Thursday, March 21, 2013

Stock Option Valuation...When and Why?

What does §409A say and how are the IRS applying the rules?

This section of the Code was enacted in October 2004 and final regulations were issued on April 10, 2007. §409A applies to compensation that workers earn in one year but that is paid in a future year. The Code defines this as "nonqualified deferred compensation." It is important to note that this is different from deferred compensation in the form of elective deferrals to qualified plans. Stock options, stock appreciation rights, or similar instruments can qualify as nonqualified deferred compensation.

§409A sets forth certain extensive requirements that the deferred compensation must meet. If the deferred compensation does not meet these requirements, the compensation is includable in gross income. For example, if a stock option has an exercise price that is less than the fair market value of the common stock as of the issuance date, this will result in adverse tax consequences for the option recipient and the company. Overall, the compensation is subject to certain additional taxes, including a penalty of an additional 20% income tax. Furthermore, the company will be required to withhold income and employment taxes as the time of the option vesting. Thus, every time stock options are issued, a sound valuation of the common stock is necessary. Put simply, the exercise price of the option must be equal or greater than the fair market value of the common stock as of the option's issue date. In order to abide by §409A and avoid early income recognition and additional taxes by the option holder, §409A's valuation rules must be followed.

In 2010, the Internal Revenue Service released Notice 2010-6  that puts into effect a correction program for non-compliant deferred compensation documents. If the deferred compensation documents do not comply with §409A, there is a slight opportunity to escape or mitigate the consequences. The correction program does not allow the correction of all errors. However, the Notice does permit most inadvertent and unintentional document failures to be corrected. The Notice sets forth the specific correction procedure that must be followed to obtain relief.

What are §409A's valuation rules for private company stock?
According to §409A, "in the case of service recipient stock that is not readily tradable on an established securities market, the fair market value of the stock as of a valuation date means a value determined by the reasonable application of a reasonable valuation method." To be considered reasonable, a valuation method must take into consideration all available information, facts, and circumstances as of the valuation date.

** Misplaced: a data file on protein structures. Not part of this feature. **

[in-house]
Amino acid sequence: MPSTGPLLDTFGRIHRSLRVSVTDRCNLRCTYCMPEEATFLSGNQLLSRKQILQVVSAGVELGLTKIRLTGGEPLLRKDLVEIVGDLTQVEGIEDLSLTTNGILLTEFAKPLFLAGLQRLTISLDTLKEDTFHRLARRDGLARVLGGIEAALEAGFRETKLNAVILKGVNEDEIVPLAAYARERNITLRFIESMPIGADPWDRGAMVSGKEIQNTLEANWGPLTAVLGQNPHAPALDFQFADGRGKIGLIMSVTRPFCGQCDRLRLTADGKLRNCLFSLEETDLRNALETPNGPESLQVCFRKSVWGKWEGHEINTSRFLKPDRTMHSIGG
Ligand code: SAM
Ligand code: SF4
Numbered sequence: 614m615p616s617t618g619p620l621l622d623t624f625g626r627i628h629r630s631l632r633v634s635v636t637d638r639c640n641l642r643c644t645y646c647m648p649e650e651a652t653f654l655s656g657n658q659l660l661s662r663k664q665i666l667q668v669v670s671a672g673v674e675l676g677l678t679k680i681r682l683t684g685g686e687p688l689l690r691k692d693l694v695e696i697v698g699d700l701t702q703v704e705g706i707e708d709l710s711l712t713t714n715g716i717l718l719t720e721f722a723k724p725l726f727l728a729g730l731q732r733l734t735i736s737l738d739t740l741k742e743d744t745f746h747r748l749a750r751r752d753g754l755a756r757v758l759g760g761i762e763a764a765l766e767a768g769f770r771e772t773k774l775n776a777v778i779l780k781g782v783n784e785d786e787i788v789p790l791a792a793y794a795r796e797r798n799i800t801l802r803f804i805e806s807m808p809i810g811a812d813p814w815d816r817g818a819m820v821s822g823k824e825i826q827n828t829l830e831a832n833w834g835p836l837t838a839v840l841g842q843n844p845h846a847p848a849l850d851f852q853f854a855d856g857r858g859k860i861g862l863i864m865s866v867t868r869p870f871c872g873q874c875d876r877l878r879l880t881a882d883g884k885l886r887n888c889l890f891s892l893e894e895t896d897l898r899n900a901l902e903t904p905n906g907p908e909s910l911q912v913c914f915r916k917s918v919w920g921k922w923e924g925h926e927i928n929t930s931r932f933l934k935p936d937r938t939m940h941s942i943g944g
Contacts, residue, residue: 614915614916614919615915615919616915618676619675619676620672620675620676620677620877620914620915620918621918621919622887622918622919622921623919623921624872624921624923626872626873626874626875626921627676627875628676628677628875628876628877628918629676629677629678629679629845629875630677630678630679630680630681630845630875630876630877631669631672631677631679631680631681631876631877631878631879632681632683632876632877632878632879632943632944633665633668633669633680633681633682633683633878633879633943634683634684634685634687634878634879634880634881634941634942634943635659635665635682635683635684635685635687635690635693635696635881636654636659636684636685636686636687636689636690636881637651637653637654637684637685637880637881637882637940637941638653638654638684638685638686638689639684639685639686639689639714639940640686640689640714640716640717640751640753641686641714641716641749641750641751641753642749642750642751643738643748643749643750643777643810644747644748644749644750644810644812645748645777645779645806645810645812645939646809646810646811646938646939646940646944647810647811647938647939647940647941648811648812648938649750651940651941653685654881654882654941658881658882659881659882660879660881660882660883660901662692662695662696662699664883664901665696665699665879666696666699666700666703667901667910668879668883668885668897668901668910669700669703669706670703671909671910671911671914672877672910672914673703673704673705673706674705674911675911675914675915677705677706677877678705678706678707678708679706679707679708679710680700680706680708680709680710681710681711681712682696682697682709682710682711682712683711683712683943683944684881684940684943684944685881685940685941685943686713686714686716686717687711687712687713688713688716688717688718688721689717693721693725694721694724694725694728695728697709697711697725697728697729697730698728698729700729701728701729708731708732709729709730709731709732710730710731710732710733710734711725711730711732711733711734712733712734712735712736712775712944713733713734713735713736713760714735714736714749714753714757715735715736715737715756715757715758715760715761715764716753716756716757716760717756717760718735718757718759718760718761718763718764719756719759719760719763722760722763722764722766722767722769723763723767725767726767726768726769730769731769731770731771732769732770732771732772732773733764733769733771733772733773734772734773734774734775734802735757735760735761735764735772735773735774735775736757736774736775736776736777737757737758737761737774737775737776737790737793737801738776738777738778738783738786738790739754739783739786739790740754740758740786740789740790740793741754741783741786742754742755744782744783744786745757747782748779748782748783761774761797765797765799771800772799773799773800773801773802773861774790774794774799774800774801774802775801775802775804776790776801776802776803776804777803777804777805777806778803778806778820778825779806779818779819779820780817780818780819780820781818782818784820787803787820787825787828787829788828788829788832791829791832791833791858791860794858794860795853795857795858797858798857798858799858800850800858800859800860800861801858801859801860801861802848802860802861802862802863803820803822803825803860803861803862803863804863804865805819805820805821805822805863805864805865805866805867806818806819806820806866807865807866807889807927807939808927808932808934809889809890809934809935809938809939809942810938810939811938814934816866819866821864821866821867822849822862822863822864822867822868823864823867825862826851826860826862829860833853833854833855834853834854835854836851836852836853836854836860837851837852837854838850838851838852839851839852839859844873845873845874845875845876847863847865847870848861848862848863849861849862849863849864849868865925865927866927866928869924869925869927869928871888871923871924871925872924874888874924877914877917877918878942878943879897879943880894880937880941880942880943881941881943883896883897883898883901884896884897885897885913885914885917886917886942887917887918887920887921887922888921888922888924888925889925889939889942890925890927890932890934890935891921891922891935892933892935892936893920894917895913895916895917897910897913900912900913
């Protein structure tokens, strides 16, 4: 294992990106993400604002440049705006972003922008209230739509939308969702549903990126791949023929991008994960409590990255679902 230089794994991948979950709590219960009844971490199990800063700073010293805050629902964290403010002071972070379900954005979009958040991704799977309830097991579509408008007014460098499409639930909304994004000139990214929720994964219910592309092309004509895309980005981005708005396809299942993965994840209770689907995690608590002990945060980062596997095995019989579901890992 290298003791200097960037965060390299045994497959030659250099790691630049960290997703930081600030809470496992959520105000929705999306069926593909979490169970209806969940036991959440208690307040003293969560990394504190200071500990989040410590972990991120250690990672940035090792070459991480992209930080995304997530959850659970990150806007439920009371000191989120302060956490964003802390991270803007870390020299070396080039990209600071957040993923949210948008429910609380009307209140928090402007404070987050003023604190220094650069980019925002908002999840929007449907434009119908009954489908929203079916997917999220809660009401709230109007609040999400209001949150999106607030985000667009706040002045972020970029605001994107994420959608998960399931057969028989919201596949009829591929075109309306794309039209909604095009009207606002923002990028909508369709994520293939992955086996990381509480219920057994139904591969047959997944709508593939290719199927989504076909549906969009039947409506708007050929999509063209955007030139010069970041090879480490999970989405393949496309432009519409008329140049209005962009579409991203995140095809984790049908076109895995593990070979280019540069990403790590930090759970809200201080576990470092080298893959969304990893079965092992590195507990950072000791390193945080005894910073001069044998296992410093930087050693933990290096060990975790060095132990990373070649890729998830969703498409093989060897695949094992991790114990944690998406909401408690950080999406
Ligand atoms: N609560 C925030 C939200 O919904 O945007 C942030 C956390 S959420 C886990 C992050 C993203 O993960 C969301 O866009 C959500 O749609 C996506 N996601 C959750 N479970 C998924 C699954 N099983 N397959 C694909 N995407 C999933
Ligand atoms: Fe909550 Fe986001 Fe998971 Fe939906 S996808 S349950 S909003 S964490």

The Code goes on to list specific factors that must be considered under a reasonable valuation method. Factors that must be considered under a reasonable valuation method include:
The value of tangible and intangible assets of the corporation;
The present value of anticipated future cash-flows of the corporation;
The market value of stock or equity interests in similar corporations and other entities engaged in trades or businesses substantially similar to those engaged in by the corporation of the stock of which is to be valued, the value of which can be readily determined through nondiscretionary, objective means;
Recent arm's length transactions involving the sale or transfer of such stock or equity interests; and
Other relevant factors such as control premiums or discounts for lack of marketability and whether the valuation method is used for other purposes that have a material economic effect on the service recipient, its stockholders, or its creditors.

It is important to select a valuation expert who is knowledgeable about the requirements of §409A so that the valuation is valid.

How often are fair market valuations necessary?

To be considered a reasonable valuation, the valuation of a private company stock must provide a value "as of a date that is no more than 12 months before the relevant transaction to which the valuation is applied." For example, if a stock option is issued on December 1, 2011, a valuation date on or after December 1, 2010 must be used.

Additionally, the valuation is invalid if it does not reflect information available after the valuation date that materially affects the value of a private company... 

...If the valuation does not meet the requirements of the Code, both the recipient and the issuer are subject to unfavorable income tax consequences.